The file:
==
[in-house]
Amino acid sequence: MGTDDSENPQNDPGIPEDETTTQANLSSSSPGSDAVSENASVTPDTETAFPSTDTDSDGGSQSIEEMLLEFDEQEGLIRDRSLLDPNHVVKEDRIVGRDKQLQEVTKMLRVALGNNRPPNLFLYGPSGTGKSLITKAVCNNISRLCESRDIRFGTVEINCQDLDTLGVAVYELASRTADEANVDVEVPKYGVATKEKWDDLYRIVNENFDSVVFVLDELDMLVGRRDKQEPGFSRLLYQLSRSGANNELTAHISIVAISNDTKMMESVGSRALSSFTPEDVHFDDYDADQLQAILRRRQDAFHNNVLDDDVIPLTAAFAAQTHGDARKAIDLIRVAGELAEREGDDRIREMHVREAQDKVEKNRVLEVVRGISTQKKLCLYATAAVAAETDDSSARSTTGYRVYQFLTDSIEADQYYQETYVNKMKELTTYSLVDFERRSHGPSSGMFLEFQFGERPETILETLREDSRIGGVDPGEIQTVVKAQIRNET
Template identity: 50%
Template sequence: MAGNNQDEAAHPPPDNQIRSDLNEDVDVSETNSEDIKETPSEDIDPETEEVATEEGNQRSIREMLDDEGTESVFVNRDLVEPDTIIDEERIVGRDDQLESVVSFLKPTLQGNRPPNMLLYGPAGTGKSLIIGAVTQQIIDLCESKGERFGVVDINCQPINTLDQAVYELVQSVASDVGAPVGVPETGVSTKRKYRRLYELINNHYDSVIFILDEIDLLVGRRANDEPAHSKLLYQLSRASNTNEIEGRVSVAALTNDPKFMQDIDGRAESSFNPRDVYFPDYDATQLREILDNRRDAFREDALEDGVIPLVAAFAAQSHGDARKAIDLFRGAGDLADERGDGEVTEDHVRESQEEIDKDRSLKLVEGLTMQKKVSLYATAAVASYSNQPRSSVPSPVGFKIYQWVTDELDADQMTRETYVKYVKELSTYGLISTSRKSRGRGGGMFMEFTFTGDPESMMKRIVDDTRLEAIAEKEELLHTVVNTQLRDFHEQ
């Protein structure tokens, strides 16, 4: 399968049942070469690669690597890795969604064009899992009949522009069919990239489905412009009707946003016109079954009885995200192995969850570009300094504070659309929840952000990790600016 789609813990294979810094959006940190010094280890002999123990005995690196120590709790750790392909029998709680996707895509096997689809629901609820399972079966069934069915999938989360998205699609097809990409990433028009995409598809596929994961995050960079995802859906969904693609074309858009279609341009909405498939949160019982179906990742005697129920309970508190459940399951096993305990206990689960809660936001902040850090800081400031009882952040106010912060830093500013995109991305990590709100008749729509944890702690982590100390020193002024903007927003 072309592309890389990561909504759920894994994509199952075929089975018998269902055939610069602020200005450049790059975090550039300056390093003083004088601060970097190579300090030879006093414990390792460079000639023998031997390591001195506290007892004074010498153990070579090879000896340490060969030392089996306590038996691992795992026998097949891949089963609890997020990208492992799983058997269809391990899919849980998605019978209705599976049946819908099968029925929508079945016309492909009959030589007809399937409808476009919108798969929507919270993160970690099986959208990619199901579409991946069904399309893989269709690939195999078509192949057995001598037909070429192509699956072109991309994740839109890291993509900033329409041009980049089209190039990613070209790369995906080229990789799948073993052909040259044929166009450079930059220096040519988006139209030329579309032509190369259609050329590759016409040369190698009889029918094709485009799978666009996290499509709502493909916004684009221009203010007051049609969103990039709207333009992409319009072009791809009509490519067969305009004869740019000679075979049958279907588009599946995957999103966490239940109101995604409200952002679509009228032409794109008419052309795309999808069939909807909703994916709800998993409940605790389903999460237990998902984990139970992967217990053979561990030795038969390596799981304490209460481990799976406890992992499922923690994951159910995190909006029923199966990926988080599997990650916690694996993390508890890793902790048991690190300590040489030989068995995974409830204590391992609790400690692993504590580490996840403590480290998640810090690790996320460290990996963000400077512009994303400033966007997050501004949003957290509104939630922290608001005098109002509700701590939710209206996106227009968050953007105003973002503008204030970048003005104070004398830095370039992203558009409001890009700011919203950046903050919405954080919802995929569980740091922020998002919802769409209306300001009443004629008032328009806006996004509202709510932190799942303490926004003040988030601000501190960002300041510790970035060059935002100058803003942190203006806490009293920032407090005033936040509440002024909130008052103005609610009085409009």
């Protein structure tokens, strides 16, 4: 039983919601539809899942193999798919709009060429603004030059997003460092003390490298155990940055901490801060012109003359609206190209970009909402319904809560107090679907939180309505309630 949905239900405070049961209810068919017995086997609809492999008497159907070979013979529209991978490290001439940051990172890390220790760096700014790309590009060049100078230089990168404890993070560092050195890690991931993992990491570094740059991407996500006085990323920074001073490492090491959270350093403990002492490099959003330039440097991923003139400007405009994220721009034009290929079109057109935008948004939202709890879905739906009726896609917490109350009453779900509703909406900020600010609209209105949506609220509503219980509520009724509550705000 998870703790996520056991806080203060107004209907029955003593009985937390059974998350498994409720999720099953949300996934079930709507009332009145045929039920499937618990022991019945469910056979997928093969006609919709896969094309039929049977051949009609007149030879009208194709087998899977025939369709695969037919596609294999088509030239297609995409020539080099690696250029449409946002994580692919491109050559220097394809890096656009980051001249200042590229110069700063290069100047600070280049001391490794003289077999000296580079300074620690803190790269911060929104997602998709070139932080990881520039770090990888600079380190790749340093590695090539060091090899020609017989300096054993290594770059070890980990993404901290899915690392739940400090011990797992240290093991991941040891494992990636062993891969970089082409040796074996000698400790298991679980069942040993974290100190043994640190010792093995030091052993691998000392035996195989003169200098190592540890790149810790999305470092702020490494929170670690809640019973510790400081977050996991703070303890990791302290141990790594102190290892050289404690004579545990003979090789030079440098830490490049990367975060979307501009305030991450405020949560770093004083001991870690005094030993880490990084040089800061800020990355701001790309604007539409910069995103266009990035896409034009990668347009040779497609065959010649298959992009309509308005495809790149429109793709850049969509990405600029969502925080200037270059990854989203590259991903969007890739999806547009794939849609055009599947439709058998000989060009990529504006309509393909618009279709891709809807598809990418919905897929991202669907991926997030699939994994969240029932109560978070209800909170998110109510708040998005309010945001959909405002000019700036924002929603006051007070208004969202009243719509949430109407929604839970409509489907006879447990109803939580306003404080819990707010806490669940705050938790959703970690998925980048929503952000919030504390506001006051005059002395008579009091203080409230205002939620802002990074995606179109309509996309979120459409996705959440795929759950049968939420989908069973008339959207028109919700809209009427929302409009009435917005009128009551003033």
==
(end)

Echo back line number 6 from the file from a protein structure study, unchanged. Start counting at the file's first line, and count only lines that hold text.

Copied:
């Protein structure tokens, strides 16, 4: 039983919601539809899942193999798919709009060429603004030059997003460092003390490298155990940055901490801060012109003359609206190209970009909402319904809560107090679907939180309505309630 949905239900405070049961209810068919017995086997609809492999008497159907070979013979529209991978490290001439940051990172890390220790760096700014790309590009060049100078230089990168404890993070560092050195890690991931993992990491570094740059991407996500006085990323920074001073490492090491959270350093403990002492490099959003330039440097991923003139400007405009994220721009034009290929079109057109935008948004939202709890879905739906009726896609917490109350009453779900509703909406900020600010609209209105949506609220509503219980509520009724509550705000 998870703790996520056991806080203060107004209907029955003593009985937390059974998350498994409720999720099953949300996934079930709507009332009145045929039920499937618990022991019945469910056979997928093969006609919709896969094309039929049977051949009609007149030879009208194709087998899977025939369709695969037919596609294999088509030239297609995409020539080099690696250029449409946002994580692919491109050559220097394809890096656009980051001249200042590229110069700063290069100047600070280049001391490794003289077999000296580079300074620690803190790269911060929104997602998709070139932080990881520039770090990888600079380190790749340093590695090539060091090899020609017989300096054993290594770059070890980990993404901290899915690392739940400090011990797992240290093991991941040891494992990636062993891969970089082409040796074996000698400790298991679980069942040993974290100190043994640190010792093995030091052993691998000392035996195989003169200098190592540890790149810790999305470092702020490494929170670690809640019973510790400081977050996991703070303890990791302290141990790594102190290892050289404690004579545990003979090789030079440098830490490049990367975060979307501009305030991450405020949560770093004083001991870690005094030993880490990084040089800061800020990355701001790309604007539409910069995103266009990035896409034009990668347009040779497609065959010649298959992009309509308005495809790149429109793709850049969509990405600029969502925080200037270059990854989203590259991903969007890739999806547009794939849609055009599947439709058998000989060009990529504006309509393909618009279709891709809807598809990418919905897929991202669907991926997030699939994994969240029932109560978070209800909170998110109510708040998005309010945001959909405002000019700036924002929603006051007070208004969202009243719509949430109407929604839970409509489907006879447990109803939580306003404080819990707010806490669940705050938790959703970690998925980048929503952000919030504390506001006051005059002395008579009091203080409230205002939620802002990074995606179109309509996309979120459409996705959440795929759950049968939420989908069973008339959207028109919700809209009427929302409009009435917005009128009551003033």